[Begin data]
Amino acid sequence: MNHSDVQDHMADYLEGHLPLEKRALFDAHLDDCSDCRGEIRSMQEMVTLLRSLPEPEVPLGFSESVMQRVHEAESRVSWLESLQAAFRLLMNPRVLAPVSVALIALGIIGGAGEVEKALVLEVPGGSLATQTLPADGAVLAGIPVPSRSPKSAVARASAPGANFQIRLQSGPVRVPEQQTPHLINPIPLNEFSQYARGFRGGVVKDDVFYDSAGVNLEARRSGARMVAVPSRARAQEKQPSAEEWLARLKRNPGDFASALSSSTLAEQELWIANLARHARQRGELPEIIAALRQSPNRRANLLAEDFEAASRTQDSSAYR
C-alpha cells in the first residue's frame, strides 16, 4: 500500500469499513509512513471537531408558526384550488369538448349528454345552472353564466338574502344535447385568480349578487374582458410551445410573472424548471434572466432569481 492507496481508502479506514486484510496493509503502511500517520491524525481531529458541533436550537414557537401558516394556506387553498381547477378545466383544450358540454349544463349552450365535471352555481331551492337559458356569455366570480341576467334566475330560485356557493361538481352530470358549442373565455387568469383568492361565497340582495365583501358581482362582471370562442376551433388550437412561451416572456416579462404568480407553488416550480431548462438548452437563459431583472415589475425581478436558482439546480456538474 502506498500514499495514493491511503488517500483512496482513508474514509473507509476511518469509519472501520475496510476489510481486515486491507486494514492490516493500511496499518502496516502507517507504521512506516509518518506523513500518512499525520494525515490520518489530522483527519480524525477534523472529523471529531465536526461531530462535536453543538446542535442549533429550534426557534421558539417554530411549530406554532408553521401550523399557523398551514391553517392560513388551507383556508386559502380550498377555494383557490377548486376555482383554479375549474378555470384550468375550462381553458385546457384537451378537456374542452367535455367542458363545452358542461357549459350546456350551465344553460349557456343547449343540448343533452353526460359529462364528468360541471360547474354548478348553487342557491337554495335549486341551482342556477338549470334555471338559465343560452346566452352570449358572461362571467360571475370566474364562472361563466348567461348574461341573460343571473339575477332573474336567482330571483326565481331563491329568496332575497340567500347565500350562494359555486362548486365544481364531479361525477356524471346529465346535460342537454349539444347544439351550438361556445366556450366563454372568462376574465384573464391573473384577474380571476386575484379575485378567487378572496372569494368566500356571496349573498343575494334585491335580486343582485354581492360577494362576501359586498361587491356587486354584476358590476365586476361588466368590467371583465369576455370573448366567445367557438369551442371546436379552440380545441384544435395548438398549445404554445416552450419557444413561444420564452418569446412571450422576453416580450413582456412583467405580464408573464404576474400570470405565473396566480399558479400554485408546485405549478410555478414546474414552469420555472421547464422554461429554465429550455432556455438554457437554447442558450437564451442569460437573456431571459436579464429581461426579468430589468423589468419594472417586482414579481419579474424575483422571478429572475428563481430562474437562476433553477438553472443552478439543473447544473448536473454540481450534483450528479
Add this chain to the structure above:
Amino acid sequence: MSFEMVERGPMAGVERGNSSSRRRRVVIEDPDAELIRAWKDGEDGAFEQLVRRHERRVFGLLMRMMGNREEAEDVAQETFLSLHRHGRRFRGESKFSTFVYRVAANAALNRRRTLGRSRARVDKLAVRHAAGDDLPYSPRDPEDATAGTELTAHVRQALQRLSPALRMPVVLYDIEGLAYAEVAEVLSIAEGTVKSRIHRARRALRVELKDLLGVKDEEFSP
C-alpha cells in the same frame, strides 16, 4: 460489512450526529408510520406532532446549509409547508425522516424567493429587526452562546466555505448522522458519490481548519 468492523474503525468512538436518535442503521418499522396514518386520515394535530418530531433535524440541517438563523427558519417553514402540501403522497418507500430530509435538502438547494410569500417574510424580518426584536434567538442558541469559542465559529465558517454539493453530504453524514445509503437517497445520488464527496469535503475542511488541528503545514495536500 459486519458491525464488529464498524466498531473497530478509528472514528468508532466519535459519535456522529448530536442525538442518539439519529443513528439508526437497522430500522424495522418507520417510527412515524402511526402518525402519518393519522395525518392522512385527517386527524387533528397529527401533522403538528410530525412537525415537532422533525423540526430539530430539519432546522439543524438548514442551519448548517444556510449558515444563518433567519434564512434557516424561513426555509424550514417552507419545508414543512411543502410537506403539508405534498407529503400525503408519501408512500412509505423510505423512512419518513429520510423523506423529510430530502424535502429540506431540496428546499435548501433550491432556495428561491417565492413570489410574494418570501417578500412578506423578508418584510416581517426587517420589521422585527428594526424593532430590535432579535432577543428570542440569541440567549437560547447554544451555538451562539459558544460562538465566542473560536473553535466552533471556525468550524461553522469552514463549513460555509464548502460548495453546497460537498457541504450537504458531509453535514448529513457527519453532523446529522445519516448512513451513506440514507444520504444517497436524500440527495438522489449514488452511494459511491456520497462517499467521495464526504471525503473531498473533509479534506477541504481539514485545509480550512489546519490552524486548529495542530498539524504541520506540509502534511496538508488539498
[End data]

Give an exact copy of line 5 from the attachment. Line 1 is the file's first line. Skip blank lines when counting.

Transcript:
C-alpha cells in the same frame, strides 16, 4: 460489512450526529408510520406532532446549509409547508425522516424567493429587526452562546466555505448522522458519490481548519 468492523474503525468512538436518535442503521418499522396514518386520515394535530418530531433535524440541517438563523427558519417553514402540501403522497418507500430530509435538502438547494410569500417574510424580518426584536434567538442558541469559542465559529465558517454539493453530504453524514445509503437517497445520488464527496469535503475542511488541528503545514495536500 459486519458491525464488529464498524466498531473497530478509528472514528468508532466519535459519535456522529448530536442525538442518539439519529443513528439508526437497522430500522424495522418507520417510527412515524402511526402518525402519518393519522395525518392522512385527517386527524387533528397529527401533522403538528410530525412537525415537532422533525423540526430539530430539519432546522439543524438548514442551519448548517444556510449558515444563518433567519434564512434557516424561513426555509424550514417552507419545508414543512411543502410537506403539508405534498407529503400525503408519501408512500412509505423510505423512512419518513429520510423523506423529510430530502424535502429540506431540496428546499435548501433550491432556495428561491417565492413570489410574494418570501417578500412578506423578508418584510416581517426587517420589521422585527428594526424593532430590535432579535432577543428570542440569541440567549437560547447554544451555538451562539459558544460562538465566542473560536473553535466552533471556525468550524461553522469552514463549513460555509464548502460548495453546497460537498457541504450537504458531509453535514448529513457527519453532523446529522445519516448512513451513506440514507444520504444517497436524500440527495438522489449514488452511494459511491456520497462517499467521495464526504471525503473531498473533509479534506477541504481539514485545509480550512489546519490552524486548529495542530498539524504541520506540509502534511496538508488539498